Miami Beach Mayor Philip Levine positioned himself Thursday as a leading Democratic voice against Florida Gov. Rick Scott, in what is perhaps the most concrete sign yet that Levine might seek the state’s highest political office in 2018.
Levine unveiled a radio ad touting his city’s planned vote for a living wage. Here’s the twist: The ad is airing in California, the state Scott just visited in an attempt to recruit companies to Florida. Democrats are pushing the wage issue as a key difference with Republicans in upcoming elections.
“This is Miami Beach Mayor Philip Levine, and I want the people of California to know that Miami Beach is about to vote on an historic measure: a living wage for all its residents, one that allows them to not only work here, but live here,” Levine says in the ad, which his office says is airing in the pricey markets of Los Angeles, San Francisco and Sacramento. The spot says it’s paid for by Levine himself.
Levine scheduled an afternoon news conference in Miami Beach to discuss the ad and “to comment on Governor Rick Scott’s visit to Miami and address his latest trip to California where he took aim at minimum wage policies.”
The press event turned out to be a one-on-one with a Miami Herald reporter after no other news media showed up.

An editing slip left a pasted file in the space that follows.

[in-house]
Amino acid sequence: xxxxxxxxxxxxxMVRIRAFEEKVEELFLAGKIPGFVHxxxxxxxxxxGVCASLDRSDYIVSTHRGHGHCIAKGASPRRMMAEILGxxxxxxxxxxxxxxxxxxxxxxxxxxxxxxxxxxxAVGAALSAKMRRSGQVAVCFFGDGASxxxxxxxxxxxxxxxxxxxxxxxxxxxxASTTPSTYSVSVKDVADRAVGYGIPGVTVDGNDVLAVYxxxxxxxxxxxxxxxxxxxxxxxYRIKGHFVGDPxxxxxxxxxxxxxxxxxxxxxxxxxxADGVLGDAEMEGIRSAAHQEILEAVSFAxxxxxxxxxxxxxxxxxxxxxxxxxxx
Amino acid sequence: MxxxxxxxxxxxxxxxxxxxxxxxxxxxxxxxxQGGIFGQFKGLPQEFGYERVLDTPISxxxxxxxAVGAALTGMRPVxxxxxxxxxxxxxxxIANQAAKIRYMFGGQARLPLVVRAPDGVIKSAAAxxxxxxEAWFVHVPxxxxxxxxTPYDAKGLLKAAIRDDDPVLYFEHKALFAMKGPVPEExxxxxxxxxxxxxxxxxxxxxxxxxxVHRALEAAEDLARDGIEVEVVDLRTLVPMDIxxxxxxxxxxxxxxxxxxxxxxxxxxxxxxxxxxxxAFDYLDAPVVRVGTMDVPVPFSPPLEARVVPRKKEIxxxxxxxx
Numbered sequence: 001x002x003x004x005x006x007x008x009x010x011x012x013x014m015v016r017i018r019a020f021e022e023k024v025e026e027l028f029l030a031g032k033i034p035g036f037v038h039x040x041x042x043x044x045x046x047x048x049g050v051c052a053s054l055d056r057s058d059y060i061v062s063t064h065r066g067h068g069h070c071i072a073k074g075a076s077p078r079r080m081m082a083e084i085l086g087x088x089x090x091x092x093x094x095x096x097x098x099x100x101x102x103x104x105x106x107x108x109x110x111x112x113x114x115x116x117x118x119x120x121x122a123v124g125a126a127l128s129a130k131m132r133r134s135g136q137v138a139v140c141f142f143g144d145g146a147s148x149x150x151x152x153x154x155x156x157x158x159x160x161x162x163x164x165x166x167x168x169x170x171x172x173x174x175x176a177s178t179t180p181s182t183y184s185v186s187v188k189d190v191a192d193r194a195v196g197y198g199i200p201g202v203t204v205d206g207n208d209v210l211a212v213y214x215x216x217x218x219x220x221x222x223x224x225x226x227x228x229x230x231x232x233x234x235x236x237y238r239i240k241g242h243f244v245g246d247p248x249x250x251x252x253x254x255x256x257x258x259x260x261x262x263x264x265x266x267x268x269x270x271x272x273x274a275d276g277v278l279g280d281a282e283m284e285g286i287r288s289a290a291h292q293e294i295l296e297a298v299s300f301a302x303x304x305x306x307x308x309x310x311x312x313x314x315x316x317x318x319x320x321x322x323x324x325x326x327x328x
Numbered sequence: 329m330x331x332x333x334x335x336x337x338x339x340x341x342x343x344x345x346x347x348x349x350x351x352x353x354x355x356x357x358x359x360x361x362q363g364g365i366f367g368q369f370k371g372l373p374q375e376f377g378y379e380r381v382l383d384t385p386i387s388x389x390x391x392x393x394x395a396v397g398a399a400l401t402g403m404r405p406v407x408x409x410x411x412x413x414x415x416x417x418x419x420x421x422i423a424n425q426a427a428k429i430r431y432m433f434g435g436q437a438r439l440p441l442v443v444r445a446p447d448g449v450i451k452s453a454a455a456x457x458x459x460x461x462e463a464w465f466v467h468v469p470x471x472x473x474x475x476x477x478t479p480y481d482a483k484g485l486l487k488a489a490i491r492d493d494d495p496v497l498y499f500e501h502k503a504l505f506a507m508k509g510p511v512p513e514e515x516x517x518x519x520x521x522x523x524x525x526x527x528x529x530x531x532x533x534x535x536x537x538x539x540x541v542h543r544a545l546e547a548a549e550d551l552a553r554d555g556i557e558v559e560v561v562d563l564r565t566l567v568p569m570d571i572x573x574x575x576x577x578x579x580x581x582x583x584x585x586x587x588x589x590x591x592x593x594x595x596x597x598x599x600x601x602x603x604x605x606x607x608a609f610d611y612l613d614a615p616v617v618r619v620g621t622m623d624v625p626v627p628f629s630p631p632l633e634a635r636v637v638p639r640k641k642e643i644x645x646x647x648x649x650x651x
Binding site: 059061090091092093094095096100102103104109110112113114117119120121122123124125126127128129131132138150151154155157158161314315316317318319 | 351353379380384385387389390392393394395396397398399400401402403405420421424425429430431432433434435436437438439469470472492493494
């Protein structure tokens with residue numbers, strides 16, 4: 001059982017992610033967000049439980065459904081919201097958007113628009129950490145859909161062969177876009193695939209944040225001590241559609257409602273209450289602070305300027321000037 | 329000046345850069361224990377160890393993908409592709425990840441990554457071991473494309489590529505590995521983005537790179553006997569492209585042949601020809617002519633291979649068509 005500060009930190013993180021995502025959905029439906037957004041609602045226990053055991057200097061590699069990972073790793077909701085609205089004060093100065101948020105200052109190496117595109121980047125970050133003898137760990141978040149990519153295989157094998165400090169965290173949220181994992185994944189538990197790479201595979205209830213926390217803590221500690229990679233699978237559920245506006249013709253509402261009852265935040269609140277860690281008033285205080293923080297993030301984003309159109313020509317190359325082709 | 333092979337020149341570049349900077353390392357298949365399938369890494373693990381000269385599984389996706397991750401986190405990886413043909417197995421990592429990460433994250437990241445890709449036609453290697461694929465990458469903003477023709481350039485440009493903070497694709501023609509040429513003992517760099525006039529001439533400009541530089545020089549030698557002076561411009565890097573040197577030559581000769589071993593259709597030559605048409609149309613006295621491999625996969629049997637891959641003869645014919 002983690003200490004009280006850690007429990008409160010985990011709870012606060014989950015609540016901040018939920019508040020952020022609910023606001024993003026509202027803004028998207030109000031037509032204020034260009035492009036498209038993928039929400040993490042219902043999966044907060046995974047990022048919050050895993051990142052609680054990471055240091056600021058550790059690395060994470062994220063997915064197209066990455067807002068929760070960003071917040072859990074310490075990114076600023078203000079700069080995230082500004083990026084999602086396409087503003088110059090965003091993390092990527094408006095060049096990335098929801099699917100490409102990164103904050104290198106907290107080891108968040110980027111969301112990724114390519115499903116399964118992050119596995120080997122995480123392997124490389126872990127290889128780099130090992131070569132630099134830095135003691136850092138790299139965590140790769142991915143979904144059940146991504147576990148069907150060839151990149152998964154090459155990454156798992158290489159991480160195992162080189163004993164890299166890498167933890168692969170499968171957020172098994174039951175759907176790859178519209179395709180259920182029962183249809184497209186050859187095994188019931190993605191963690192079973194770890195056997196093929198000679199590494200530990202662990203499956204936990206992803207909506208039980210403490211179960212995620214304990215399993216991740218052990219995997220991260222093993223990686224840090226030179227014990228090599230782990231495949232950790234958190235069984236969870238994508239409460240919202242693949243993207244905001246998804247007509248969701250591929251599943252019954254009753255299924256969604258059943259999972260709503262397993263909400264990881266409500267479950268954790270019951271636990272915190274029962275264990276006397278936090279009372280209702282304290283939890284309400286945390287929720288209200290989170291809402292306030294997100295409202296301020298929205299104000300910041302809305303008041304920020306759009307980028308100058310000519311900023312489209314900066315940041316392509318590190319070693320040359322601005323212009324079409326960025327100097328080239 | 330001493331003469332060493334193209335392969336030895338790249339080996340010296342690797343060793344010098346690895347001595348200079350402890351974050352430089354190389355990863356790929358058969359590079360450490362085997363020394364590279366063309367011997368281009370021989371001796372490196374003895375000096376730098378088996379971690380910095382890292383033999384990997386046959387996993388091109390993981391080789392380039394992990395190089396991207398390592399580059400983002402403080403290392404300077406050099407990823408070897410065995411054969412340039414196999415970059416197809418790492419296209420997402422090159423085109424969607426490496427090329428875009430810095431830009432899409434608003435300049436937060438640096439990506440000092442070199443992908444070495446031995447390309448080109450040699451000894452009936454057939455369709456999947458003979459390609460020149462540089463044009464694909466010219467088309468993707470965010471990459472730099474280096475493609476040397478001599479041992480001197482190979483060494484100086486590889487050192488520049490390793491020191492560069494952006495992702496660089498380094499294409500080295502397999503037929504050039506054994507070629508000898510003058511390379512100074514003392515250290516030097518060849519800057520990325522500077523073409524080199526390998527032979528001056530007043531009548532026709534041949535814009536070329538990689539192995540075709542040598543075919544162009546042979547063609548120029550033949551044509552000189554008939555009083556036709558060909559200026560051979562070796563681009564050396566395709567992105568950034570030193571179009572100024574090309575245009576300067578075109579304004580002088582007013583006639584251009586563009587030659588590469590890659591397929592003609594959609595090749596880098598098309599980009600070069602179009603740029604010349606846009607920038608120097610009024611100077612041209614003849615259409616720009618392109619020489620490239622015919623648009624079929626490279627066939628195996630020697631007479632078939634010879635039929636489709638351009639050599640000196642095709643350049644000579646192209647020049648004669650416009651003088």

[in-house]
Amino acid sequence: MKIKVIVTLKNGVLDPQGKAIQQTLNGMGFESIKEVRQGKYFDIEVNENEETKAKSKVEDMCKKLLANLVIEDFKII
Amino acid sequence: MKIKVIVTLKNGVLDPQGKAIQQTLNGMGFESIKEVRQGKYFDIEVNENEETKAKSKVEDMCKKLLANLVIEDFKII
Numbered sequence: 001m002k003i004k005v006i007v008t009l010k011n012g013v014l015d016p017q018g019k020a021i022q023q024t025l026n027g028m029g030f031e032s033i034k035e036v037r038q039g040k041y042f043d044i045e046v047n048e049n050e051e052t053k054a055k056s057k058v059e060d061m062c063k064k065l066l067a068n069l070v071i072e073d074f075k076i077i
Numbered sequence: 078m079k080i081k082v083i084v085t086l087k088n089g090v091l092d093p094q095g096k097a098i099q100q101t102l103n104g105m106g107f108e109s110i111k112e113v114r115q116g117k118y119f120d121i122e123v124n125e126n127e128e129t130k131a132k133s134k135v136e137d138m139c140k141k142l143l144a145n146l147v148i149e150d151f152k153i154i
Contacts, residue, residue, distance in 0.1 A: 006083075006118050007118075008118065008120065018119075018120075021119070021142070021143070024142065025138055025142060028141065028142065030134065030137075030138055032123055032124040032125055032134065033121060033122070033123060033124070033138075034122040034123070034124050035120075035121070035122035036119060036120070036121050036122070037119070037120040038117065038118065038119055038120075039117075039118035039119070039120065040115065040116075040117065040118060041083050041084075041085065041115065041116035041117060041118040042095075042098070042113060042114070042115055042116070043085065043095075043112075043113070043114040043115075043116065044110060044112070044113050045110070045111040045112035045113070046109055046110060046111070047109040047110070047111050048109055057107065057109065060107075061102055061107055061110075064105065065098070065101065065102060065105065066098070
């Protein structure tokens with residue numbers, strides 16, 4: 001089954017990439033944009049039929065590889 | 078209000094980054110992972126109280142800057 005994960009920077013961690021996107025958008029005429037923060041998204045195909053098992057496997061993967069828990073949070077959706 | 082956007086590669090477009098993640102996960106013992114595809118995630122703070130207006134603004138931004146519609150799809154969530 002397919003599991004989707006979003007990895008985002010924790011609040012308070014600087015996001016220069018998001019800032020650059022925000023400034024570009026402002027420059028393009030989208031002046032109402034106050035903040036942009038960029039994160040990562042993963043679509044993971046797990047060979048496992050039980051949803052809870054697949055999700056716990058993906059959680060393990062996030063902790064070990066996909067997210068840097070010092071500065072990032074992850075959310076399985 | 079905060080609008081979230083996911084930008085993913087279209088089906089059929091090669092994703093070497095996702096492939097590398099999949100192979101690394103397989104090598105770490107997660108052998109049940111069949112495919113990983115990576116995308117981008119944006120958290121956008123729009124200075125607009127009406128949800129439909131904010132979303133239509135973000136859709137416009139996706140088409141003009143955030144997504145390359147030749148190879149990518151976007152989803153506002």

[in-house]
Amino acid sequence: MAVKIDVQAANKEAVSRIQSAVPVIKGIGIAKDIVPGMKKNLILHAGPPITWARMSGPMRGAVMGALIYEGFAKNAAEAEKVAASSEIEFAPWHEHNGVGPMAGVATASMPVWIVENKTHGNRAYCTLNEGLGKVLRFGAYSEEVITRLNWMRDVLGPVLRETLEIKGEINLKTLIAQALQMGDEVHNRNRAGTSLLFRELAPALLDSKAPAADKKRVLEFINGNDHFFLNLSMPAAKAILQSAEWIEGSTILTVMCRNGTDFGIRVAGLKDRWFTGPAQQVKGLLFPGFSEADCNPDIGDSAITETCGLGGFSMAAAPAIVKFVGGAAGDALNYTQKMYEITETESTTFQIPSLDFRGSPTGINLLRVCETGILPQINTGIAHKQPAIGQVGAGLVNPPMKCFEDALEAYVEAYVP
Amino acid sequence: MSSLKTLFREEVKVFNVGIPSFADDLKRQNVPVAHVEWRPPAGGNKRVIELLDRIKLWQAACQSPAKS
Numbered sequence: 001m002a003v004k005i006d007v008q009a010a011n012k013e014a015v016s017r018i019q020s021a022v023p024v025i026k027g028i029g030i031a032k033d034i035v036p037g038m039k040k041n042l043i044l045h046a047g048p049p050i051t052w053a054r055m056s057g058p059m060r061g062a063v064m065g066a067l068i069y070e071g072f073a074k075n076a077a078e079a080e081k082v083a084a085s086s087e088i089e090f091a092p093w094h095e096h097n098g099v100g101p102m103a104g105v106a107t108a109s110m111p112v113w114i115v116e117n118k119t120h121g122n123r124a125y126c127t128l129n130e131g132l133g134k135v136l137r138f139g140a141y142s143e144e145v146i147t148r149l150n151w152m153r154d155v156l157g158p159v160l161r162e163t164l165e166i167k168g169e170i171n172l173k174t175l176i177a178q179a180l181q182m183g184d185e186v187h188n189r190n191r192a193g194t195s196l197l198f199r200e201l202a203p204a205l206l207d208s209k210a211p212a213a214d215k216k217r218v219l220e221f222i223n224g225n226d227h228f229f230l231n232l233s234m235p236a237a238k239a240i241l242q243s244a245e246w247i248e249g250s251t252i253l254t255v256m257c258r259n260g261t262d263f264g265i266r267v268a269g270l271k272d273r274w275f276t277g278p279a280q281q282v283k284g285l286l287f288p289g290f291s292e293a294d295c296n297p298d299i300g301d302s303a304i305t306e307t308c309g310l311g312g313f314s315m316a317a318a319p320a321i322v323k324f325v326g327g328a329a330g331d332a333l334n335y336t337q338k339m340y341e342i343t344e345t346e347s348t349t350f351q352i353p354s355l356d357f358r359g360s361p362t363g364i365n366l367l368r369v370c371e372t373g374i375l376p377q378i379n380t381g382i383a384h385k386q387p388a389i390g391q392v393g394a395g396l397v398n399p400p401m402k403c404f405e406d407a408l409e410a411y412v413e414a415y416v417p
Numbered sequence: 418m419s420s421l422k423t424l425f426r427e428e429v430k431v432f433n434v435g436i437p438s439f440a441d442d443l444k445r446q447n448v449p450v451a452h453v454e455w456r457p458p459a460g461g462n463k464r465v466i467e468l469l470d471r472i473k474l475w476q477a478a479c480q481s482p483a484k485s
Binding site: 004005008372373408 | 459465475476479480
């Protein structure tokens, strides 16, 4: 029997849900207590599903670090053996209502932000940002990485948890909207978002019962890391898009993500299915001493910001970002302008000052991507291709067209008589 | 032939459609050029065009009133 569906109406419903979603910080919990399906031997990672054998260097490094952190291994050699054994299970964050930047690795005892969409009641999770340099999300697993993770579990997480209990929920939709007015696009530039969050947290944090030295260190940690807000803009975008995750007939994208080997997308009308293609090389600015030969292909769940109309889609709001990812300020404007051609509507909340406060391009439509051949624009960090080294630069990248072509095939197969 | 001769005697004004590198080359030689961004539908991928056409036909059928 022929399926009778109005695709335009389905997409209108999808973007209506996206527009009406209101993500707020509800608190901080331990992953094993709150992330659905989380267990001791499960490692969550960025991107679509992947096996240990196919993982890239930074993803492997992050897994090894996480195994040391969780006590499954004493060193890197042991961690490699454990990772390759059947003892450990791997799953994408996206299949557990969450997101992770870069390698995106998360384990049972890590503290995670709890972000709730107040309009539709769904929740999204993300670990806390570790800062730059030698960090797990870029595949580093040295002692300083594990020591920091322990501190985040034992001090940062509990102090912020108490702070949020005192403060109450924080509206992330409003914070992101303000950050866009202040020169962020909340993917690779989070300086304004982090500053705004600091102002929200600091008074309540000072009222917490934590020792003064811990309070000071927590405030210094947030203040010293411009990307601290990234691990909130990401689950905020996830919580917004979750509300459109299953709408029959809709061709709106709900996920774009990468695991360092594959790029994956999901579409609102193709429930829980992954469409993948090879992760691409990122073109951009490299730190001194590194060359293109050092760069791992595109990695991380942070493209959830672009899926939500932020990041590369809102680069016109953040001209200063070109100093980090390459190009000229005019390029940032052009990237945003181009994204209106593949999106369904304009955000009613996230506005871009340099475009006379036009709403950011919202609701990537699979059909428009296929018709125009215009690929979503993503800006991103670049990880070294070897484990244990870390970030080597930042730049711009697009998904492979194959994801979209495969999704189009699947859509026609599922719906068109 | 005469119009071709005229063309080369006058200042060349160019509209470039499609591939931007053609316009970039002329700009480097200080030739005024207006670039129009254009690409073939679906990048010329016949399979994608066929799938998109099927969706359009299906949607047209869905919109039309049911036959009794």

Levine, who was elected to his second two-year term in November, insisted he put out the ad to prove a point about stagnant wages and increasing costs of living in Florida. He also wants to get Scott’s attention about changing state law to let cities set their own wages.
“We wouldn’t want Californians to think that we’re not paying our people properly,” he said.
We wouldn’t want Californians to think that we’re not paying our people properly.
Miami Beach Mayor Philip Levine
Levine announced Wednesday that he plans to test a 2005 Florida law that bars cities from setting their own minimum wages. He wants Miami Beach to require a minimum of $10.31 an hour in 2017, with a dollar increase per year until it reaches $13.31 in 2020. Florida's current rate is $8.05 an hour.
Scott is term-limited in 2018, and Levine, who is independently wealthy, has been testing the waters to run as a Democrat. He became the first Miami-Dade County elected official to travel to Cuba in March, in a trip that featured all the political trappings of a man set on running for higher office.
Whether he does might depend on the outcome of this year’s presidential race: Levine is friends with likely Democratic nominee Hillary Clinton, who could reward Levine’s fund-raising and campaigning on her behalf with a spot in her administration if she gets elected.
Even though the radio ad raises Levine’s profile and is the loudest criticism he has leveled against the Republican governor, the mayor maintains that he only has the Beach on his mind. He’s routinely thrust Miami Beach into the national conversation on issues like sea-level rise and U.S.-Cuba relations, and he’s regularly appearing on cable news talk shows to stump for Clinton.
The mayor has also made a habit of professing his love for being Miami Beach mayor when questioned about a gubernatorial run.
“I love what I’m doing,” he said on Thursday. “I want to the the best mayor Miami Beach ever had ... under not circumstances will I take my eyes off the road and take my hands off the wheel.”
He said as of right now, he wants to run for a third term in the Beach. When asked if any Democratic leaders have reached out to recruit him for a bid for higher office, he said no.
“I haven't gotten that 3 a.m. phone call yet,” he said, laughing.